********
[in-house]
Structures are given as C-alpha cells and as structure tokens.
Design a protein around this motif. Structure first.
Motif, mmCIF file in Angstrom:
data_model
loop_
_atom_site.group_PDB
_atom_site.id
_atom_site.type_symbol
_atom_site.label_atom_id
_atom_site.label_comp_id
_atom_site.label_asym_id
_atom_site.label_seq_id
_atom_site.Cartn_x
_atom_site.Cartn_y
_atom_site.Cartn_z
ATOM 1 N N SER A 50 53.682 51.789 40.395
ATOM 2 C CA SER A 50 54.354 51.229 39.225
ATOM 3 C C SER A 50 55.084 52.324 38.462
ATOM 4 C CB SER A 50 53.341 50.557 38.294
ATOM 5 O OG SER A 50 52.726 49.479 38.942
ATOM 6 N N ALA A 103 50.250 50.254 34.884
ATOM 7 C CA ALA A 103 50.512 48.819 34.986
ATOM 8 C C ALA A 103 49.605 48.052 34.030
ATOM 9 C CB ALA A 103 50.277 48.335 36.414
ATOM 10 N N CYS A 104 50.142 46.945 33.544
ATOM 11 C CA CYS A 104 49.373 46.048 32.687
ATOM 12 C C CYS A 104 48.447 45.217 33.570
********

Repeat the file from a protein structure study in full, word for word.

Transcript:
[in-house]
Structures are given as C-alpha cells and as structure tokens.
Design a protein around this motif. Structure first.
Motif, mmCIF file in Angstrom:
data_model
loop_
_atom_site.group_PDB
_atom_site.id
_atom_site.type_symbol
_atom_site.label_atom_id
_atom_site.label_comp_id
_atom_site.label_asym_id
_atom_site.label_seq_id
_atom_site.Cartn_x
_atom_site.Cartn_y
_atom_site.Cartn_z
ATOM 1 N N SER A 50 53.682 51.789 40.395
ATOM 2 C CA SER A 50 54.354 51.229 39.225
ATOM 3 C C SER A 50 55.084 52.324 38.462
ATOM 4 C CB SER A 50 53.341 50.557 38.294
ATOM 5 O OG SER A 50 52.726 49.479 38.942
ATOM 6 N N ALA A 103 50.250 50.254 34.884
ATOM 7 C CA ALA A 103 50.512 48.819 34.986
ATOM 8 C C ALA A 103 49.605 48.052 34.030
ATOM 9 C CB ALA A 103 50.277 48.335 36.414
ATOM 10 N N CYS A 104 50.142 46.945 33.544
ATOM 11 C CA CYS A 104 49.373 46.048 32.687
ATOM 12 C C CYS A 104 48.447 45.217 33.570